Premiered: July 10, 1930 (New York City), Running time 108 minutes General Release: August 20, 1930 (U.S.)
Director: Howard Hawks
Producer: Robert North
Screenplay: Dan Totheroh, Seton I. Miller, Howard Hawks and John Monk Saunders (story)
Music: Rex Dunn
Cinematography: Ernest Haller
Editor: Edward Curtiss
Art Director: Jack Okey
First National Pictures (subsidiary of Warner Bros.)
Douglas Fairbanks Jr.
"People liked the scenes that were underdone. Nobody emoted in the films I made."- Howard Hawks on The Dawn Patrol
Thomas Edison unveiled recorded sound in 1877. In 1896, he introduced the first movie projector to be commercially successful in the United
States. Despite many tries, the prolific inventor was unable to successfully merge these two technologies.
By the mid-1920’s, though, several other people had begun to demonstrate systems that married the magic of sound to the wonder of motion pictures.
Many believed it was only a matter of time before talking pictures would become commercially viable.
Surprisingly, a number of important Hollywood insiders were not excited about the future of pictures with sound. In 1926, Jack Warner of Warner
Brothers answered those who thought that “talkies” were the wave of the future.
“They fail to take into account,” he said, “the international language of the silent pictures, and unconscious share of each onlooker in creating the play,
the action, the plot and the imagined dialogue for himself.”
In one of those curious twists in history, Jack Warner’s studio released “The Jazz Singer” the following year and demonstrated without a doubt that audiences were ready to hear the dialogue they had previously only imagined. The advent of sound was a new challenge for Howard Hawks. Although he had been a successful silent film director, his future was now uncertain.
Studio executives and producers had convinced themselves that this new technology would be better served by directors with experience in working with dialogue. Many thought that silent film directors were now obsolete and began to turn to legitimate theater directors to craft their new films.
Hawks knew that he would need an ace up his sleeve to compete in this rapidly changing game. The ace he chose was John Monk Saunders, one of the most respected writers in the business.
Saunders had been responsible for the story that had become “Wings,” Hollywood’s first big World War I aviation picture and the first film to receive an Academy Award for best picture. Like Howard Hawks, John Monk Saunders had been a flying instructor during the war. They both knew the pilots who had risked and often lost their lives in the flimsy aircrafts of the era.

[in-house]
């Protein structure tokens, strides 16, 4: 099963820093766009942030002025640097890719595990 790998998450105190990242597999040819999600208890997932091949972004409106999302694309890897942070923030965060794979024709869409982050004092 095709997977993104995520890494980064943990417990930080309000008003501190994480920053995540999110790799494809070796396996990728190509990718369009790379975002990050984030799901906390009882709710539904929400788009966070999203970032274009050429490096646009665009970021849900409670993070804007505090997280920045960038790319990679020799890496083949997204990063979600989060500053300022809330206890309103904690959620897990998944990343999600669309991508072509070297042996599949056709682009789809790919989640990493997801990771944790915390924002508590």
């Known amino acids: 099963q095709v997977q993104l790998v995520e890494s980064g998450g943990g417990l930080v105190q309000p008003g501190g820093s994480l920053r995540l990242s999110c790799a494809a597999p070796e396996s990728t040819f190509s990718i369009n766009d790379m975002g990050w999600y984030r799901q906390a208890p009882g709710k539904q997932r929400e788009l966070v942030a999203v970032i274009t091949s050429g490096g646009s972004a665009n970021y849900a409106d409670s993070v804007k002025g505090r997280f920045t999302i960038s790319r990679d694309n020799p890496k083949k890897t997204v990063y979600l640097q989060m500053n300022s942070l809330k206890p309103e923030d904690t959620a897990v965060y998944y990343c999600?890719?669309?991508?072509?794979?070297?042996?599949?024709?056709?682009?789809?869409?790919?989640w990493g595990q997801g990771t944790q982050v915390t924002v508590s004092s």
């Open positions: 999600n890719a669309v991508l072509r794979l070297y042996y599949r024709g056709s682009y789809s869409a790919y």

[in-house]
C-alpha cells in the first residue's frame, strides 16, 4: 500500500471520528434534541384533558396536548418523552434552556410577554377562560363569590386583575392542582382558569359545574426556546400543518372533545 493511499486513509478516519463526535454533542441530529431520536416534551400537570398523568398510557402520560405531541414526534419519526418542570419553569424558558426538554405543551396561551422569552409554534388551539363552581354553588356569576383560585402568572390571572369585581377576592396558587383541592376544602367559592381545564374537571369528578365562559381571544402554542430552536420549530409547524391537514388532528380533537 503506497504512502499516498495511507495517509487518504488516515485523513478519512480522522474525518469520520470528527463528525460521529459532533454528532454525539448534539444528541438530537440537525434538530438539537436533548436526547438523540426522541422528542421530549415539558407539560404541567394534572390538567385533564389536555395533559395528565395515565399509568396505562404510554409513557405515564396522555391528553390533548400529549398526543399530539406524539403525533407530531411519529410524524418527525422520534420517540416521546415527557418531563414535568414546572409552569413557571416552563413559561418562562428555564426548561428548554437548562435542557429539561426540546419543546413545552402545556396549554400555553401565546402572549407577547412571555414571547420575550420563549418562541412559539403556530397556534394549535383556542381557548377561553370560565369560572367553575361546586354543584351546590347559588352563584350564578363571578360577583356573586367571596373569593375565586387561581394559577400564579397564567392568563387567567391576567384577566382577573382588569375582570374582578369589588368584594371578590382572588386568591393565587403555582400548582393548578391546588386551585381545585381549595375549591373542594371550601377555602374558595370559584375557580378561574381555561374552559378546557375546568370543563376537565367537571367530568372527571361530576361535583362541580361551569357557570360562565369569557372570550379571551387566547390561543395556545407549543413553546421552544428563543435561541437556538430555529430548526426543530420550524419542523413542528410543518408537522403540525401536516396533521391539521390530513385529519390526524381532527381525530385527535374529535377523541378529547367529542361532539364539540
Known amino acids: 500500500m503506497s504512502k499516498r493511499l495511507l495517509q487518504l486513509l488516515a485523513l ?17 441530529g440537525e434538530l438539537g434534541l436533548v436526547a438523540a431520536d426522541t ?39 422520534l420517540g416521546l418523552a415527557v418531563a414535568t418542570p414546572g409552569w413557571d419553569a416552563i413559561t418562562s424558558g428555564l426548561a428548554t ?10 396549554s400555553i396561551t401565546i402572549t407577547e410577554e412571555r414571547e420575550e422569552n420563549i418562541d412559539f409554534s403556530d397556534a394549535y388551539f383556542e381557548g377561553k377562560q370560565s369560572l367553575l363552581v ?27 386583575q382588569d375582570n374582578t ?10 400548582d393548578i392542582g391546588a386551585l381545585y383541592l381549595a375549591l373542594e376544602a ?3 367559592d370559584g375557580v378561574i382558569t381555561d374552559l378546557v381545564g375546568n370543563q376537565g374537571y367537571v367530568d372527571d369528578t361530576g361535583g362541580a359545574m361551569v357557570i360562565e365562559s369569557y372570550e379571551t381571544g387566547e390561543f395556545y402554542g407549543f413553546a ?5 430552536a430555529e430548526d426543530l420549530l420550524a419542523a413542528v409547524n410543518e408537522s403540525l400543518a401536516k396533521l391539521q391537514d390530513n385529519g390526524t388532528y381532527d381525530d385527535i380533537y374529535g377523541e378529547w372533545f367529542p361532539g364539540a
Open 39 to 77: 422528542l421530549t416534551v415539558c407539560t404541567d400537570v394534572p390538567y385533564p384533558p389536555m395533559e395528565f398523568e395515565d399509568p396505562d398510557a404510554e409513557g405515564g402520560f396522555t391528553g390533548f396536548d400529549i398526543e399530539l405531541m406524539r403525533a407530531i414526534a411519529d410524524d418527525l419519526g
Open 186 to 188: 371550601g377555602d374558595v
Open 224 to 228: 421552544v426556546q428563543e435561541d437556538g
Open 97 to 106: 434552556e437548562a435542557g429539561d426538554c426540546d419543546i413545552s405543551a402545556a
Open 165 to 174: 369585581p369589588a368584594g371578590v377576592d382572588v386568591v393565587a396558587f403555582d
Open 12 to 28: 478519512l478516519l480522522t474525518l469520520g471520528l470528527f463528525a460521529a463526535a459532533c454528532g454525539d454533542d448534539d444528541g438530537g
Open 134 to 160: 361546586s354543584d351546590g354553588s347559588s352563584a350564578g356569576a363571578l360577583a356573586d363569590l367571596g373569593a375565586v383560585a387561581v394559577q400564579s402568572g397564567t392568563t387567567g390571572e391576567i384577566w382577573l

Married to actress Fay Wray, the hard drinking, hard living writer was a prime example of F. Scott Fitzgerald’s “Lost Generation.”
As they worked together to develop the story that would become “The Dawn Patrol,” it became increasingly difficult to tell where Saunder’s contributions ended and where those of Hawks began.
They eventually boiled their tale down to a gripping story of British pilots who struggle to deal with the daily stress of frontline combat by bouts of heavy drinking and griping about the callousness of the commanding officer who sends them up to fight Germany’s elite flight squadrons with inadequate equipment and a doomed parade of inexperienced pilots.
Anchored by solid performances by Richard Barthelmess and the young Douglas Fairbanks, Jr, “The Dawn Patrol” was a resounding success and helped establish Howard Hawks as a promising director for the new era of sound.
Hawks had originally hired Saunders because he thought no studio would invest in a talking picture helmed by a director who lacked experience in theatrical dialogue. At this point in his career, few appreciated the writing skills of Howard Hawks and he even went so far as to make sure he received no writing credit for this picture. John Monk Saunders and his wife, however, knew the true story.
When Saunders received the Best Original Story Academy Award for “The Dawn Patrol,” he mentioned the difficulty in determining “which came first, the chicken or the egg.” Fay Wray later went one step further when she remarked; “He might have said the chicken hawk or the chicken hawk’s egg. Howard Hawks had been involved with the story, as well as the direction of that film.”
As an early example of Hawks’ ongoing themes of male camaraderie, performance under pressure and the price of doing your duty, “The Dawn Patrol” defines the young director as a major voice in film history.
By following the life and art of Howard Hawks one can capture the true essence of the Golden Age of Hollywood, as if slipping on special lenses that suddenly pull away the grain and glare to reveal an unforgettable time of Movie Magic.